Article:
Hey, your phone seems to be waving at you.
Here’s something to add to the list of things you probably didn’t think you needed: bendable, rollable speakers.
The future of computing is looking bendy. PaperTab looks to combine the tangibility of paper with the speed and convenience of digital.
There is some sort of fundamental physical law that prevents cables from ever being just exactly the length you need them to be. Cables are always, always, just barely too short, or much much too long. Obviously, this annoys scientists just as much as it does the rest of us, so they've come up with a solution: stretchable cables full of liquid metal.
Not even Star Trek imagined a future where electronics would be both flexible and transparent. And let's be honest: it's hard to imagine such gadgets even today, since seeing one or the other is still a rare enough thing. If anything is going to make it happen, though, it's carbon nanotubes, especially now that they've been made into transparent films.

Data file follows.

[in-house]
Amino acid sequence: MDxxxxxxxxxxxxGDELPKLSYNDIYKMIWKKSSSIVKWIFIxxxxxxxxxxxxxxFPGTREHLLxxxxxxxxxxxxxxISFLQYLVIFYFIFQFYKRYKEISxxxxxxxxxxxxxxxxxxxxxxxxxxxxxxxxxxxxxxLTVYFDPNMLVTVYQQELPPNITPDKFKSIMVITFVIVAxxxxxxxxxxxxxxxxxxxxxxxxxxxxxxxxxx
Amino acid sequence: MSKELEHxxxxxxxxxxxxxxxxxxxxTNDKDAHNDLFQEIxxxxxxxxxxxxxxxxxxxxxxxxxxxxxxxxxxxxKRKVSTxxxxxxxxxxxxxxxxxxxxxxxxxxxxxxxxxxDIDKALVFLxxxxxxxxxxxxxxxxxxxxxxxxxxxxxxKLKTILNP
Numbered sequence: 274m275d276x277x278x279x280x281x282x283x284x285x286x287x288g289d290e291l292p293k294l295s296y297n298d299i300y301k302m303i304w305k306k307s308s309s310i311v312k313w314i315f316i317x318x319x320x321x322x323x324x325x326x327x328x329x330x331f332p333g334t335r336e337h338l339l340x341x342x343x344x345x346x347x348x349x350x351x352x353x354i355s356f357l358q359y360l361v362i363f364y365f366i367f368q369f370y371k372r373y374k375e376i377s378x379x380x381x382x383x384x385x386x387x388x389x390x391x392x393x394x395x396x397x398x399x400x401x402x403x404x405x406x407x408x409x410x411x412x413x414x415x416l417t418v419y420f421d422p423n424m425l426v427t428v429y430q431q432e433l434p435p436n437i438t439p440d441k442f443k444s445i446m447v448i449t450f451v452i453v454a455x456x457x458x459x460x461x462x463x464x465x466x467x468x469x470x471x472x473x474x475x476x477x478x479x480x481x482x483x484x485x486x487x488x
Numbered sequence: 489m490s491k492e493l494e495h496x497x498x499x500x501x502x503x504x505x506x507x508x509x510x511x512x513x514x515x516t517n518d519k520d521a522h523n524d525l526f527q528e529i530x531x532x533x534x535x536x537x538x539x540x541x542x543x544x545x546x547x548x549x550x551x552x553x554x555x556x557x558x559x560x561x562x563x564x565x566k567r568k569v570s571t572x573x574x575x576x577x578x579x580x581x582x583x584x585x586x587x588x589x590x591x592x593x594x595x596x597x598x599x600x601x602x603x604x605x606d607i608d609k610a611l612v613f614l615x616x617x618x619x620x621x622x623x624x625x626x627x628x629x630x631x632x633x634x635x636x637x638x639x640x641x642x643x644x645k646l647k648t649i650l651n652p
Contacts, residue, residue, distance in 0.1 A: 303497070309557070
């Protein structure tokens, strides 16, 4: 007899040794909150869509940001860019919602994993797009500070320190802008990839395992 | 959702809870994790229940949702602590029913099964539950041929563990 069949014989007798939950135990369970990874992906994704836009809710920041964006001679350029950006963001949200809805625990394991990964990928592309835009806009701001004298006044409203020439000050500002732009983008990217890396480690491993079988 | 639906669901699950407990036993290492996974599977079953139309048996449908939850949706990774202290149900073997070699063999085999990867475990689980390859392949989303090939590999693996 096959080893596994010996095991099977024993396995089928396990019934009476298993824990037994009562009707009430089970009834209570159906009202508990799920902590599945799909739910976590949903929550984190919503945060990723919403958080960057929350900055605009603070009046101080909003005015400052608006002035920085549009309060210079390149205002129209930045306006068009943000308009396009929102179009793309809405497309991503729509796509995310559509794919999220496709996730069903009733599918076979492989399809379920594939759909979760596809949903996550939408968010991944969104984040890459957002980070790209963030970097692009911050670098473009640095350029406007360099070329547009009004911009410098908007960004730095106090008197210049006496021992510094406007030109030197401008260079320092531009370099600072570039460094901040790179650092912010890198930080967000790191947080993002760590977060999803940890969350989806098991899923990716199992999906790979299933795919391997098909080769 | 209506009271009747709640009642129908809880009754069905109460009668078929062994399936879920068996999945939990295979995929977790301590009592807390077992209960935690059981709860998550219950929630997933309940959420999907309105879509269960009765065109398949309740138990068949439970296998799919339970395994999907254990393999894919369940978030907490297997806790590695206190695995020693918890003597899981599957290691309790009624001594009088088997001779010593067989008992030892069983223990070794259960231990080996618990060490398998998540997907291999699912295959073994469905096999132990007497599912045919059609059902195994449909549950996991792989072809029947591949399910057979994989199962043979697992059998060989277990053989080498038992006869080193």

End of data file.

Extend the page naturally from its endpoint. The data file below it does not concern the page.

The days of electronic circuitry with stiff circuit boards are a thing of the past; stretchable electronics are taking over. We already saw microelectronics used in sutures to monitor for infection, and now stretchable skin with microelectronics for monitoring health conditions is readying for a debut.
Just imagine how great it would be if you could drop your cellphone and it would bounce rather than break. Or if you could run over your laptop with a tank and it would just blob out and reform itself. This is the sort of thing that's possible with stretchable and flexible electronics, and it's being worked on right now.
We're in a bit of a rut right now when it comes to exciting hardware innovations in smartphones. When the iPhone hit the scene in 2007, it was the touchscreen that saw it revolutionize the cellular landscape. Now, the next disruptive feature appears to be just around the corner, as flexible displays are getting mass produced in a big way.